Interview - June 2005.
1) You have 20 years long career of successful sax player.
Can you remember your beginning. How it was?
I have been with Delbert McClinton for 20 years but played
with many other bands starting in the late 1950s when I was 15 years old. I
was in a band named the RHYTHM ROCKERS in 1958 when rhythm & blues was turning
into rock 'n roll.
2) Modern music is mainly recognized / determined by guitars
as leading and the most accepted instrument. What motivated you to select saxophone
as instrument for expressing of your music?
When I was excited about the music I was hearing on the radio
late at night from New York it was all Rhythm & Blues. The R&B stars
were coming out of the big band swing era that was very much horn driven. I
was hearing Wynonie Harris, Louis Jordan, Big Joe Turner and Ray Charles. All
of them with 'honkin' sax soloists!
3) Who were sax players that influenced your music style and
There were very major sax influences on me from the beginning.
My favorite was (and still) is Red Prysock! ... Other sax players I consider
influences were: Sam "The Man" Taylor, Earl Bostic, David "Fathead"
Newman (From early Ray Charles era), King Curtis, and later Sam Butera and "Junior"
4) What condition have to satisfy musicians which are selected
by yourself to be part of some of your solo project? Do you have steady team
of musicians or you prefer to change them from project to project?
Since I've played in so many different groups & styles
I have many friends that have musical styles that I know will sound better on
certain songs I choose for my CDs. For instance, on "Honky Tonk Song /
Honky Tonk", I knew Steve Williams was the perfect guitar player because
he plays the guitar solo like it was on the 1957 Bill Doggett original. And
it saves time (and money!) to have people who can bring their talent to the
table and using their expertise play or sing exactly the sound I want.
5) I noticed that you are always underlining role of other musicians participating
in your solo projects whenever you are talking about them (what is really positive
habit). We must admit - such attitude is not common among your colleagues on
the music market. How do you explain that?
As a sideman myself for so many years, I have played with many
great musicians who rarely get recognition. Also there are so many good singers
and players that most people wouldn't get to hear because they haven't had the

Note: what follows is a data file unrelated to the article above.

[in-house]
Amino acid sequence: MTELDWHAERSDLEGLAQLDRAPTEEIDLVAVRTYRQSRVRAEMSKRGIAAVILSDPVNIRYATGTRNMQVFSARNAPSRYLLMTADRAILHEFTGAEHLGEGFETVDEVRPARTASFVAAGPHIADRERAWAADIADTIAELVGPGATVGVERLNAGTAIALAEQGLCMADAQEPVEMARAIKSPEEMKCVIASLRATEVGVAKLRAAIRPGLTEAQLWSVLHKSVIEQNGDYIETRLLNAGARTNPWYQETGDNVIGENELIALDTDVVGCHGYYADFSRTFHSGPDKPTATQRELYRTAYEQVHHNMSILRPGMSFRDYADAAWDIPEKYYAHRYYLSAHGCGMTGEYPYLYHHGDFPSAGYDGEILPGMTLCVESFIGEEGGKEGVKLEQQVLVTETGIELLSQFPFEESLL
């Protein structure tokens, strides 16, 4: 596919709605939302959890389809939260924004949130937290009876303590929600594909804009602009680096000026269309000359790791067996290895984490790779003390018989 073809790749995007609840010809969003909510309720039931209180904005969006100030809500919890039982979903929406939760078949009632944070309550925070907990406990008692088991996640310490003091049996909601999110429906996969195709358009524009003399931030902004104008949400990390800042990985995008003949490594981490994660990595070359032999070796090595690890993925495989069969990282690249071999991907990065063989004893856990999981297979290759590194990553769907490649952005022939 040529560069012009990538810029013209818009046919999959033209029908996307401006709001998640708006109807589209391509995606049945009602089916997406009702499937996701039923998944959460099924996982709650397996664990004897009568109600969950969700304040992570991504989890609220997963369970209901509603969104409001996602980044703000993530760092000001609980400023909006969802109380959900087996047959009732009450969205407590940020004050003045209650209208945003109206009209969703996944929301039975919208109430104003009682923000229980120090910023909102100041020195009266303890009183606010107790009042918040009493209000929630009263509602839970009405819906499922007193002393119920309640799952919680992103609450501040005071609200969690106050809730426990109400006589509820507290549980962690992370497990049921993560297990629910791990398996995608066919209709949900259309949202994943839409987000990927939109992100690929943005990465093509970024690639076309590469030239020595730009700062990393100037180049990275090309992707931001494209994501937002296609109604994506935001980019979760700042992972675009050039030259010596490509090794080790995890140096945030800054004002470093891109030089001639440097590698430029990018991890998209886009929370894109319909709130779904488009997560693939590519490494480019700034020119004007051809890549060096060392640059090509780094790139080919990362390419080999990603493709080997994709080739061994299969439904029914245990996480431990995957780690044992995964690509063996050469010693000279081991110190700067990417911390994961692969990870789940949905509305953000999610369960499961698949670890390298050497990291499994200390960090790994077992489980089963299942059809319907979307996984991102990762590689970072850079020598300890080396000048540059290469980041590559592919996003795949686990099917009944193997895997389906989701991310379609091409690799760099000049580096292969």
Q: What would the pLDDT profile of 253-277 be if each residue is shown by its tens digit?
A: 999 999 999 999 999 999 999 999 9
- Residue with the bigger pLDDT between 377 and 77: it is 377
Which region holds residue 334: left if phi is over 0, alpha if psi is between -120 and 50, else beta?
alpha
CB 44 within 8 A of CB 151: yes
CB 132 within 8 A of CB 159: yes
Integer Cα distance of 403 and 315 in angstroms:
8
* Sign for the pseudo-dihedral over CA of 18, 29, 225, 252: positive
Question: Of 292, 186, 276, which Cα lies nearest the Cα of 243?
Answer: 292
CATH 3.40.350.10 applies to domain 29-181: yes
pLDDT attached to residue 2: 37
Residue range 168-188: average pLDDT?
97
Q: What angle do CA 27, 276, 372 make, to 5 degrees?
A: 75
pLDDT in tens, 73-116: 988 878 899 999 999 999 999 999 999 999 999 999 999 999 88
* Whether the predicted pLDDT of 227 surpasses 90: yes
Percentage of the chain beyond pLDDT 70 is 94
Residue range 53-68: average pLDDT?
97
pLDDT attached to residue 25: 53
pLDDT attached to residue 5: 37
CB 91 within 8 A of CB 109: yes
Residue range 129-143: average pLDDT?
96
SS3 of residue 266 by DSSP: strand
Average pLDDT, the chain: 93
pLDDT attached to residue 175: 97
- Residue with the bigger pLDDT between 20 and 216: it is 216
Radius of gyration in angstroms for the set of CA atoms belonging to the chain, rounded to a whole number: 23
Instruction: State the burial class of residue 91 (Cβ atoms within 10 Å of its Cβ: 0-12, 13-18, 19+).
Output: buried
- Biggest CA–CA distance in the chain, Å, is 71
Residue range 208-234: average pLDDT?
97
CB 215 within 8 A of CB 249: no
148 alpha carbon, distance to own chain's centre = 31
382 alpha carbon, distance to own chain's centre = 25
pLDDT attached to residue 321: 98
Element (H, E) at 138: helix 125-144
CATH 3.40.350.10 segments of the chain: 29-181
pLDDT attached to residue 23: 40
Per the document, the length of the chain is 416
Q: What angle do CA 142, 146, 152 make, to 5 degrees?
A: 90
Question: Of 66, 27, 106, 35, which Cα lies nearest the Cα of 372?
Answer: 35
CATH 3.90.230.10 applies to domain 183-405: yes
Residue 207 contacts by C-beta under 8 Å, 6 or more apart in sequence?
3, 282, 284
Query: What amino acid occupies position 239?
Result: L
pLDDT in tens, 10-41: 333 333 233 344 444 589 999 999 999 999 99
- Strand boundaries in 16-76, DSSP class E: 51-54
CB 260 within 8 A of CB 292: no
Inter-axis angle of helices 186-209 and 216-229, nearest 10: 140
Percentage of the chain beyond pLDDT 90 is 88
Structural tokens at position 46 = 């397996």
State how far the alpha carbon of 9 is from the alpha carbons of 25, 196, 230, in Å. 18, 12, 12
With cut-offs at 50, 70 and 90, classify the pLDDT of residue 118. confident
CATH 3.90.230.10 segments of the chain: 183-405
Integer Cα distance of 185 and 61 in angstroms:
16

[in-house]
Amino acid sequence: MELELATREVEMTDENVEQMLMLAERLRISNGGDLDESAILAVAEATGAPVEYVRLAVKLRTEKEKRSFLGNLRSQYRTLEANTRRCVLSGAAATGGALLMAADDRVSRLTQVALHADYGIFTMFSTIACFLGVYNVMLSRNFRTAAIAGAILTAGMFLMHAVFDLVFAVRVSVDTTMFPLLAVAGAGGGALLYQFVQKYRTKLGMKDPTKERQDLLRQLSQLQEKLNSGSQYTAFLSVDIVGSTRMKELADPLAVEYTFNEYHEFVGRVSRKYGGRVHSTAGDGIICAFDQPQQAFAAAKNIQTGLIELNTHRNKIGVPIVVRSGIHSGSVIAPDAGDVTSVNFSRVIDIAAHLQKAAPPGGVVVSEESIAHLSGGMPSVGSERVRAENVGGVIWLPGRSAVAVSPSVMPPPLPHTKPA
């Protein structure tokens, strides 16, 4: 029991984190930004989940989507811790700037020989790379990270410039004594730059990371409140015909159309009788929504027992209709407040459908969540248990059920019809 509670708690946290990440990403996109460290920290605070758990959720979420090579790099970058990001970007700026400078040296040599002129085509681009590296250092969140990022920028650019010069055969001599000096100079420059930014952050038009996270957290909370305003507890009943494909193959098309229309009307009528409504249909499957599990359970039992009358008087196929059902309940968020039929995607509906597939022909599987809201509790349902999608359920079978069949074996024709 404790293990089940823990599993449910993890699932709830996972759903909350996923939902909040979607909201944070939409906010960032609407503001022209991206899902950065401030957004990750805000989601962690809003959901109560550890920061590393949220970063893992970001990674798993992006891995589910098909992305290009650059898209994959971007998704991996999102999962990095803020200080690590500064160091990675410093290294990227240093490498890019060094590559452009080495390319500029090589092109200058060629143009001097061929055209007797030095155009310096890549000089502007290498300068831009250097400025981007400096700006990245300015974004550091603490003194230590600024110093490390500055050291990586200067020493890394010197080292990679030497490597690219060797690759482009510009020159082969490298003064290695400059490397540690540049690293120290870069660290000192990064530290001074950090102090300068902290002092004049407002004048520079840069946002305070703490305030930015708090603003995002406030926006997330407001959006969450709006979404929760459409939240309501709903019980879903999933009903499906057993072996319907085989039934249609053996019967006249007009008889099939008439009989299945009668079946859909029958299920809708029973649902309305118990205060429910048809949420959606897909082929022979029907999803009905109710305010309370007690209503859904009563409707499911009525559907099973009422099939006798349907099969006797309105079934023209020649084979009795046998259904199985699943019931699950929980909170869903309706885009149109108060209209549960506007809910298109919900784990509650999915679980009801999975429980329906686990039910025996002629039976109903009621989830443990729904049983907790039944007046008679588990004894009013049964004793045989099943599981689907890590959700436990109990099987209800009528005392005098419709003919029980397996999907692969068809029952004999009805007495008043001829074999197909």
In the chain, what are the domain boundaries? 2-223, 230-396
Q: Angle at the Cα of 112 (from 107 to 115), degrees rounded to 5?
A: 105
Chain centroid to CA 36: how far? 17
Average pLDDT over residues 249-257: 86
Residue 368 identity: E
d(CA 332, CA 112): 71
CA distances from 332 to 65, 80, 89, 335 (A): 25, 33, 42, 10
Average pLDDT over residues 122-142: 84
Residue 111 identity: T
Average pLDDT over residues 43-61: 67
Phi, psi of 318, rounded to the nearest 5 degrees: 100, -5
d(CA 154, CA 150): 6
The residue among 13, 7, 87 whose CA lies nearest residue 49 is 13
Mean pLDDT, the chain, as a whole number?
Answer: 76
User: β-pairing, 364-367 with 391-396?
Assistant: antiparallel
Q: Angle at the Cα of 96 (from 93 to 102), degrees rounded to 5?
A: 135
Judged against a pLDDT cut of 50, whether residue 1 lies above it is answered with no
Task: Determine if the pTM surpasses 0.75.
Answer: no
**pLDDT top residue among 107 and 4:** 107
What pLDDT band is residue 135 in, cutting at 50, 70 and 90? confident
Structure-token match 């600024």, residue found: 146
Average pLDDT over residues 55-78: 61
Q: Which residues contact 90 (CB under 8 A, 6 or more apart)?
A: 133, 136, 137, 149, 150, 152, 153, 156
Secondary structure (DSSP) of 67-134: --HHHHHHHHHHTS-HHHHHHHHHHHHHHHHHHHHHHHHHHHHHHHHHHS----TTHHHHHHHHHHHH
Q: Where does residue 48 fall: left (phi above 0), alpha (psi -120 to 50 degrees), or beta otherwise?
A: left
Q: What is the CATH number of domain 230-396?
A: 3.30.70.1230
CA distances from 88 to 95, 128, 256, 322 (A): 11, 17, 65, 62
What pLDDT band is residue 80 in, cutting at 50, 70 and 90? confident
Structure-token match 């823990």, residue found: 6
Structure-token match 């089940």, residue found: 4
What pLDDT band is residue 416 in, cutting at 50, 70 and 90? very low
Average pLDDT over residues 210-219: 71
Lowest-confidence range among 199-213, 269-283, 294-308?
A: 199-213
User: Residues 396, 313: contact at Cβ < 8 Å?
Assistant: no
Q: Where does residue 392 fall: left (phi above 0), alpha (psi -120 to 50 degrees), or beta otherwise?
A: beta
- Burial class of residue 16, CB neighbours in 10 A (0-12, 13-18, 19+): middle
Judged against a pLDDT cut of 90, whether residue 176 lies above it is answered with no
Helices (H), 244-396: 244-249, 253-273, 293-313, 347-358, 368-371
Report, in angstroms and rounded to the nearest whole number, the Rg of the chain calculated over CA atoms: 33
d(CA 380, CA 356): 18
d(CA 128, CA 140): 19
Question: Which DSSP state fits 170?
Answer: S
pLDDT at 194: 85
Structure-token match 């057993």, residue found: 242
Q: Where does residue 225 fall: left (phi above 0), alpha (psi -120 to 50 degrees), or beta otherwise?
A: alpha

opportunity to record or be heard outside of Texas, Tennessee or Bosnia for
6) Some decades ago, the bands with saxes and trumpets were common issues and
were very popular on the world music scene (let me mention only two - Chicago
and Blood Sweat and Tears). What is your opinion - why nowadays music scene
does not recognises bands structured in such way?
There are many reasons: Synthesizers---the economics of having
an extra instrument---a certain sound (Blood Sweat & Tears for instance)
runs it's course and people go on to something newer and different.
7) The people which appreciate your music are your fans. Which
fan you are?
I see and hear so many musicians and singers almost on an everyday
basis that most are in the very average category. One after another they all
begin to sound like each other (and not in a good way) and without real musicianship
or emotion. Staying with the subject we started with: there must be a billion
people playing guitars and I DO have a few favorites. Albert Collins, Stevie
Ray Vaughn, Clarence "Gatemouth" Brown, and I think Todd Sharp (from
my 2nd & 3rd CDs) is probably the all-around, best guitar player I've heard.
He doesn't try to take over the band with guitar volume; he helps the overall
sound of the band by being an essential part of the sound structure and support
of all...and when it's time to solo he's fantastic! FAN? I will always be a
fan of Ray Charles! Others I like are James Taylor---Keb Mo---Los Lonely Boys---there
is a singer from Norway on my 1st CD named Britt Johansen that has a wonderful
voice and many faceted style... I think Eminem is brilliant---and a couple of
singer songwriters I like a lot are Fred Eaglesmith and Paul Thorn...
8) You signed four projects: In Wise Hands, On the Verge of
Survival, Genuine Snake and Swingin' Up a Storm. Would you be so kind to describe
each of them, shortly. Which points of these projects were common, which were
Keeping in mind that there are some musical gems on all four
CDs, I define them like this: When I made my first CD "In Wise Hands"
I had so many ideas because of my musical background that I think it is a little
scattered and mixed up stylistically. I didn't know at the time if I would be
fortunate enough to do more CDs, so I put a variety of things I always wanted
to do and songs that I wrote on it. #2 "On the Verge of Survival"
came closer to the R&B target I was aiming at and #3 "Genuine Snake"
actually hit the bullseye! #4 is a compilation of the "Swing" &
"Shag" dancers' favorite picks from my first three CDs plus 3 new
9) Standard question - what brings near future in regard to new recordings of
I'm always thinking and writing new lyrics and when the smoke
clears from "Swingin' Up A Storm" and the others, I'll be putting
10) May I ask you for personal message to the listeners of
The Jeans Generation (radio show)?
I have always found the audiences in Europe and Scandinavia
to be better listeners and more "UP" and informed on different styles,
not just what is popular at the moment. Whatever cultural differences they have
helps them appreciate something not the average so I have no worries that they
will like or not like my music. I simply offer it to them! And Thank You for